Over the past 10 years or so a few things have happened that have kept the brush back pitch at bay. Hitters have cried loud and hard about pitching inside. They say it puts them at risk. No kidding. That’s exactly why Bob Gibson and Don Drysdale worked the inside of the plate. Gain possession of the inside, and you’ve got the advantage. Some hitters have tried to combat the inside pitch by going to the plate with all sorts of armor. An ear flap, an elbow guard, a wrist pad, a back-of-the-hand pad, and a shin guard or some combination thereof can be seen on most major league hitters these days. What are they gladiators? If the ball’s approaching a bit inside, they just “turtle up” and it harmlessly glances off. Watch classic sports one day when they’re showing games from the 60’s and 70’s. Most hitters look like stick figures. Weight lifting was considered taboo in baseball at the time. Nobody at the plate is wearing anything but the league-mandated helmet, with no flap. They don’t ever wear batting gloves!

There’s also a theory of hitting that promotes moving toward the plate at the beginning of the swing. Some call it ‘diving’ into the pitch. That’s exactly what Piazza does. It’s his first move. In toward the plate, so a running fastball up and in hits him every time, probably just a few inches from being a strike.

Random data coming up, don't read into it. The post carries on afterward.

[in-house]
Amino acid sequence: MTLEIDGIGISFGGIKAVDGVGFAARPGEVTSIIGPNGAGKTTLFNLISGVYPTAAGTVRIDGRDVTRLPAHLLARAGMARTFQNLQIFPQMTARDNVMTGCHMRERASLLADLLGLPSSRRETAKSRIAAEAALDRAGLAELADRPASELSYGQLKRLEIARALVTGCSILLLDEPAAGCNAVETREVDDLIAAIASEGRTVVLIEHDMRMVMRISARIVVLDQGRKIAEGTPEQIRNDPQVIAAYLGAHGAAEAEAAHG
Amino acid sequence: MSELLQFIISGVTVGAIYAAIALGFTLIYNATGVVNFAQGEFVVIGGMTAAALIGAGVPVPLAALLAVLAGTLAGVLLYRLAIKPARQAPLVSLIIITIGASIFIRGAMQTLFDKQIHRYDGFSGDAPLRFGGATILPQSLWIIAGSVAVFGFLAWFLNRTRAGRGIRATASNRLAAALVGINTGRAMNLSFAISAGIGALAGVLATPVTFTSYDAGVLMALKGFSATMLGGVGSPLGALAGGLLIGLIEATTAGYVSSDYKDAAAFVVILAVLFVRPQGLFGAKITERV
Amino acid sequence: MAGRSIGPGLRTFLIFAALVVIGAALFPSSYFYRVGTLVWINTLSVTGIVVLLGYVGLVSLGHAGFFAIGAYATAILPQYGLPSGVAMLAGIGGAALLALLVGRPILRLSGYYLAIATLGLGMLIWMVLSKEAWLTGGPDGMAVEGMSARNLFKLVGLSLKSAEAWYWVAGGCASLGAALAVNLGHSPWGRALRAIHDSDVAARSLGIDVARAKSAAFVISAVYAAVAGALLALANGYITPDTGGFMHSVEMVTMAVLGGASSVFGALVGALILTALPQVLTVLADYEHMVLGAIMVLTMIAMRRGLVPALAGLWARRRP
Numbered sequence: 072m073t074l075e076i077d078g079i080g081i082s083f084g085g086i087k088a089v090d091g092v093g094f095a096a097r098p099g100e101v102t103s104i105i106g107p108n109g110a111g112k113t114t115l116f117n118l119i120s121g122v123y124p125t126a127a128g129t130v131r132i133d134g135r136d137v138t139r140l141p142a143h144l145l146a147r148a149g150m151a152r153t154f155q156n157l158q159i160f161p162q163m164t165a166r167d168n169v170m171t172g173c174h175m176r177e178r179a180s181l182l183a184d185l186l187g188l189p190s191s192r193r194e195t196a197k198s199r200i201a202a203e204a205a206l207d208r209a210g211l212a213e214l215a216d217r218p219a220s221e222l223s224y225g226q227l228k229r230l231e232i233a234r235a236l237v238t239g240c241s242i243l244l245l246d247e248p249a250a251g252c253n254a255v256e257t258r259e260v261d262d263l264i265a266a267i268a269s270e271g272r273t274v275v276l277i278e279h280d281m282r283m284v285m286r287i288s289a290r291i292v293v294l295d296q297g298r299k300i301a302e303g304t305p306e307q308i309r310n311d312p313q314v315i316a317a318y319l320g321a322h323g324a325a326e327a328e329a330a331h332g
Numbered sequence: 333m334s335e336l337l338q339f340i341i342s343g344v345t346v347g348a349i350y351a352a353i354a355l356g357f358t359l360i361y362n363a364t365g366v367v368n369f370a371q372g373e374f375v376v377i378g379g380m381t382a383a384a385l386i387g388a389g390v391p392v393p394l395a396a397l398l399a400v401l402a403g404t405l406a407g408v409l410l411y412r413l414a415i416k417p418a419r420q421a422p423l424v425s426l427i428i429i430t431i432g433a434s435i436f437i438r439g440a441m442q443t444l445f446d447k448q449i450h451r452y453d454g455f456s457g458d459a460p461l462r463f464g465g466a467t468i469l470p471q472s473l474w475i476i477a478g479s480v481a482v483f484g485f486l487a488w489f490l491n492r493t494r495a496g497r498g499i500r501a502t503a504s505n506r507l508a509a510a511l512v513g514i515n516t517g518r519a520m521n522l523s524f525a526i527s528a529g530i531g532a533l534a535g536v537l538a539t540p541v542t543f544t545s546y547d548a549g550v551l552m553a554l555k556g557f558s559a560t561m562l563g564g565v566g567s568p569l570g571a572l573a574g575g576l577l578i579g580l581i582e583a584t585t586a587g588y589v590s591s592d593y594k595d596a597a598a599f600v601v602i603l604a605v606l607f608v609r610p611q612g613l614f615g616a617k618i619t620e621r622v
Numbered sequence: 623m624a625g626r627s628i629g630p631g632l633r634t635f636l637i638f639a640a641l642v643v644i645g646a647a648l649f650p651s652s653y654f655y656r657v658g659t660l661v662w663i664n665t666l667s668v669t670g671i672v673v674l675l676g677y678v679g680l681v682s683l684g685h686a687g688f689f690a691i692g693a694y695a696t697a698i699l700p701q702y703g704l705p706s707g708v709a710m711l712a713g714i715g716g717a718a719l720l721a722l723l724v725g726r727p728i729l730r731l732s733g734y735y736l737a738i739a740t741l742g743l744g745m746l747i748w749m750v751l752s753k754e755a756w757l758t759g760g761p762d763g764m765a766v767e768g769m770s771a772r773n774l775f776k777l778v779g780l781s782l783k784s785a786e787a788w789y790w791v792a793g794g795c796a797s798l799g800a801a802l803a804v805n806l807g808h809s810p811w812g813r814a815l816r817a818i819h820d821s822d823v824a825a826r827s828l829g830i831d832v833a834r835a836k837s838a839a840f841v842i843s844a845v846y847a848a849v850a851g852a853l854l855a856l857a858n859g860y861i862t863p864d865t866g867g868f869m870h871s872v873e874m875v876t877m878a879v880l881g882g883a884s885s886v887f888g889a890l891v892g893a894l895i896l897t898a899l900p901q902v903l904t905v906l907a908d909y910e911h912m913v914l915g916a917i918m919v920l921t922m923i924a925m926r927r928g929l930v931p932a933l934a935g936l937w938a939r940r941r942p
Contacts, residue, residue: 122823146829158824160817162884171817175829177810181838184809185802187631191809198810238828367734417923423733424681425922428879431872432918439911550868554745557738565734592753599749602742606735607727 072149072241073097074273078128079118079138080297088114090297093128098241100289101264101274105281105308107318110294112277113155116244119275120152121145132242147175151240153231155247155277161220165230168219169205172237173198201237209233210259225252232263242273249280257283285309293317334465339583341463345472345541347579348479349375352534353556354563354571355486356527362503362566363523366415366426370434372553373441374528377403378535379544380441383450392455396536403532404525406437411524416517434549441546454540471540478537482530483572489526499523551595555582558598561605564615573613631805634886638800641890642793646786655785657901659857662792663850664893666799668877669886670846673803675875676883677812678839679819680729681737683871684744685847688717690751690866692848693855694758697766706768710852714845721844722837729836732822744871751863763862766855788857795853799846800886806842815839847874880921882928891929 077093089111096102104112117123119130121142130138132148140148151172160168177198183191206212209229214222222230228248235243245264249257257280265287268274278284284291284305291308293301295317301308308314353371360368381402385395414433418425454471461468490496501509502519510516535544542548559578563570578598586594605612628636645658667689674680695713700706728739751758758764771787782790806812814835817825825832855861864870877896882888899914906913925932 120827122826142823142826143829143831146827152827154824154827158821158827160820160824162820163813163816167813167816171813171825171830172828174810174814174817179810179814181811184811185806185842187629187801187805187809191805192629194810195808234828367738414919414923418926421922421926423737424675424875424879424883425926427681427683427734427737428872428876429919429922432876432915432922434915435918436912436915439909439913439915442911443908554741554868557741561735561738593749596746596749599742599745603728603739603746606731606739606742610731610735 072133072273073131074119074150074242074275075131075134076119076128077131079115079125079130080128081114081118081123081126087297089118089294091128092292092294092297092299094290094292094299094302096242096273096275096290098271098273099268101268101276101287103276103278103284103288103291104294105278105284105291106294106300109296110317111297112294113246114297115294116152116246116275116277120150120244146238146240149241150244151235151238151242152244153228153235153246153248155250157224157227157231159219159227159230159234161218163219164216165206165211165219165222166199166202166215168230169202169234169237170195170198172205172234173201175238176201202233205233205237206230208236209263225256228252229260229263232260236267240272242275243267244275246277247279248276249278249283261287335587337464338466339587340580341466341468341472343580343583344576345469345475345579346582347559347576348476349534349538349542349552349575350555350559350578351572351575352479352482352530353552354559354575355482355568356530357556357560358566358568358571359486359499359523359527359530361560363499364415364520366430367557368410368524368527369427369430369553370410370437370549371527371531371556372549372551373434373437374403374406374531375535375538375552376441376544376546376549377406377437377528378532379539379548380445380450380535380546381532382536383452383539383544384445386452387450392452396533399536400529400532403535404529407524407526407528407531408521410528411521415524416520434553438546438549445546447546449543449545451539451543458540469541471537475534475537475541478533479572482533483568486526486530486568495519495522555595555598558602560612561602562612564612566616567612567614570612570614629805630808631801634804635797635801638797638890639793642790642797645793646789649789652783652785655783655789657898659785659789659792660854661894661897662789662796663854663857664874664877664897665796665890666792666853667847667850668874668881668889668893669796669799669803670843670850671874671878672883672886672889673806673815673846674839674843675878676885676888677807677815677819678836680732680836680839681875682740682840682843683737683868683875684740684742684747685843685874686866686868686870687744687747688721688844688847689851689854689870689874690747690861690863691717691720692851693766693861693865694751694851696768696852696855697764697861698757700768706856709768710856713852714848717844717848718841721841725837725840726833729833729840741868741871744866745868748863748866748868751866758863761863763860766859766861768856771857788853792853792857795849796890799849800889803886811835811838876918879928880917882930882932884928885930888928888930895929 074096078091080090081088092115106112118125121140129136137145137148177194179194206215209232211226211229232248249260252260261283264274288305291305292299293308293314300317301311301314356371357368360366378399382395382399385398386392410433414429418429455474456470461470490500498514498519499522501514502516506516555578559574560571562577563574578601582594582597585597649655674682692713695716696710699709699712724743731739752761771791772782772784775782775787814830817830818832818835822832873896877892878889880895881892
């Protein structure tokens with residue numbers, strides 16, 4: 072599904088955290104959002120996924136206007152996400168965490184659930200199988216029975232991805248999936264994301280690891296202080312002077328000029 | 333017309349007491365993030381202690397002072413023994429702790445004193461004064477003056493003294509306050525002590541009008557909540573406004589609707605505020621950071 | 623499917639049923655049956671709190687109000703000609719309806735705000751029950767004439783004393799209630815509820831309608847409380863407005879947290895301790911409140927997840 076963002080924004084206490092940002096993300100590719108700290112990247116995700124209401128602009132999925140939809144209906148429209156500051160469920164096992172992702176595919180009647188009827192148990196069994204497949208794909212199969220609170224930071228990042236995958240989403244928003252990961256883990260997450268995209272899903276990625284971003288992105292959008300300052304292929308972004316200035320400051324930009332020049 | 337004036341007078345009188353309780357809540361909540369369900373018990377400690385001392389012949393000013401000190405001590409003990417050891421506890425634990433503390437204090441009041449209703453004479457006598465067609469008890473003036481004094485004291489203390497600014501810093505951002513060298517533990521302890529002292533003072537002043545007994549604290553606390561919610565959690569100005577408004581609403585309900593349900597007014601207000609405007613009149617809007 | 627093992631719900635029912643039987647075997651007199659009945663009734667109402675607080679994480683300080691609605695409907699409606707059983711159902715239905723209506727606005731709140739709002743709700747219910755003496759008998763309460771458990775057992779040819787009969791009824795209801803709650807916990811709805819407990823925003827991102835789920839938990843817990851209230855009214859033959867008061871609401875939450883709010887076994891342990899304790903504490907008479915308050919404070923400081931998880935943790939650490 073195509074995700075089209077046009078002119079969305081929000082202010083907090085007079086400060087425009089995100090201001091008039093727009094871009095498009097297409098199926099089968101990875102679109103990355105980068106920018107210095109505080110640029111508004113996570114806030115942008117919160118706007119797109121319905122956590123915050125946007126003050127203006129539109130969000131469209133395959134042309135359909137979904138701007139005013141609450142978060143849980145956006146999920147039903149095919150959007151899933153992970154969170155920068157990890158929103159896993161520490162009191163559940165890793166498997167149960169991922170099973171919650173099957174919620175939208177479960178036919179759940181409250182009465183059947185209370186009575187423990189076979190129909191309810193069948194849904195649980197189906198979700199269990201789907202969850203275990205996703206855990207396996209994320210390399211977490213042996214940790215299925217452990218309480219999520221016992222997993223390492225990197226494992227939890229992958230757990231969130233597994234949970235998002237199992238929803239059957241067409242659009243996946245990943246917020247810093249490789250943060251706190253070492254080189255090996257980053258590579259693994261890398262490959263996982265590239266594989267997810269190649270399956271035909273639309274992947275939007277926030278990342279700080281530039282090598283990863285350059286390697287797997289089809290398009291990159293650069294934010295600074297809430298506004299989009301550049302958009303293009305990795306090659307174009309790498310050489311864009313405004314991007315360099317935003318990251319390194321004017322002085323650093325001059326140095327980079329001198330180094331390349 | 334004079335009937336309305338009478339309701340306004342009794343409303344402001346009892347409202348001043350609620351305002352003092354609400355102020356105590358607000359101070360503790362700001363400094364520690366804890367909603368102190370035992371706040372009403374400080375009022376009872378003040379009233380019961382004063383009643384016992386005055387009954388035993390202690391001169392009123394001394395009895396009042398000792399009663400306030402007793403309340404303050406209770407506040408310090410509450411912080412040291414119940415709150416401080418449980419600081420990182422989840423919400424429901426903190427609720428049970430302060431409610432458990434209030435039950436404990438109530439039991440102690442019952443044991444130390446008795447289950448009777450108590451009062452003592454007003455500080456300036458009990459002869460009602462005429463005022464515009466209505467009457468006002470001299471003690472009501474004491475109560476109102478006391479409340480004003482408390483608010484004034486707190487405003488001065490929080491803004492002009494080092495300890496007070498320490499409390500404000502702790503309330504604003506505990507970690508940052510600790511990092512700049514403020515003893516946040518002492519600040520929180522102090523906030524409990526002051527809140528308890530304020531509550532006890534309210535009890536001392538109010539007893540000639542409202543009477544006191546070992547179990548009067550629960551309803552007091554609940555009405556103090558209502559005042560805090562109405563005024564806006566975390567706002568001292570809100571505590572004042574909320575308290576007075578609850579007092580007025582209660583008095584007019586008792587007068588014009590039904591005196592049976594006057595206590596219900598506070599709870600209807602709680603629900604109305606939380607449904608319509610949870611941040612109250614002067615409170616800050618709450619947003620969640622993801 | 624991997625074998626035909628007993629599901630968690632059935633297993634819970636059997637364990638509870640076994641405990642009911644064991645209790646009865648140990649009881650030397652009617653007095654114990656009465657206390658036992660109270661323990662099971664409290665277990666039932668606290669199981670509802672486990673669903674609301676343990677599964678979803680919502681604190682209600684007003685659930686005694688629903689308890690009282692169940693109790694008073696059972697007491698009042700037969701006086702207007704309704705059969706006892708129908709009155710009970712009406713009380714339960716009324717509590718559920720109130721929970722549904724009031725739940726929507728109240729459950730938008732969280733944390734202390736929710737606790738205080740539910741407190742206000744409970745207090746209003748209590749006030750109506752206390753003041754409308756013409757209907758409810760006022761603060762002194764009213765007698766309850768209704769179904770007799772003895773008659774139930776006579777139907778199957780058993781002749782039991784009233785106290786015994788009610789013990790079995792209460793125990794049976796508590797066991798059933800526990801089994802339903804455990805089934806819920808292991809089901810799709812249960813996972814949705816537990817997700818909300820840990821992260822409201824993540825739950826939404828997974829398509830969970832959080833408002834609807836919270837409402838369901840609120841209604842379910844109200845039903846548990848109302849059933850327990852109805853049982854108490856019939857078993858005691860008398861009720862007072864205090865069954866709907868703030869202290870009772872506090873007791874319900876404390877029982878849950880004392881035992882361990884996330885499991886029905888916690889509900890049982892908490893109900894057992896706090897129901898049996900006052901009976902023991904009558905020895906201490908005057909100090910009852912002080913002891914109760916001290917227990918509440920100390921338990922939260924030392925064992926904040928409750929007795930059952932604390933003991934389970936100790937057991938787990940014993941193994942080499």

After he wrote Ball Four Jim Bouton attempted a comeback in baseball, becoming a knuckleball pitcher. Ted Turner was a bit fascinated by it and took Bouton into the Braves’ minor league organization. In my first story ever as a broadcaster, I went to Savannah to see Bouton and talk about his return to baseball. He was still considered quite an outsider because of the content of his book, and I was surprised he agreed not only to talk with me, but also show some of his stuff at 40 years old by letting me take some swings against the knuckleball. I’ve played a bunch of baseball my whole life, and was excited at the opportunity.

Bouton was gracious at my arrival, showed me to a locker room to change into a uniform and said he’d see me on the field. William L. Grayson stadium was the home of the AA Savannah Braves, an old ballpark even then, providing the perfect backdrop for a story on an ex-Yankee’s return to the game.

On the mound in baseball “sleeves”, pants and no hat, Bouton asked if I was ready. I dug in and nodded. The first pitch was right at my head, a fastball with no movement. I dove for the dirt and without a glance to the mound, got back up and brushed myself off. Back in the batter’s box I took my stance, as the second pitch was a fastball, again right at my head, with no movement. Back in the dirt I went, brushed myself off and got back up. I knew exactly what was going on, but adhering to the “code” in baseball, I went on, without complaint. This went on for five straight pitches.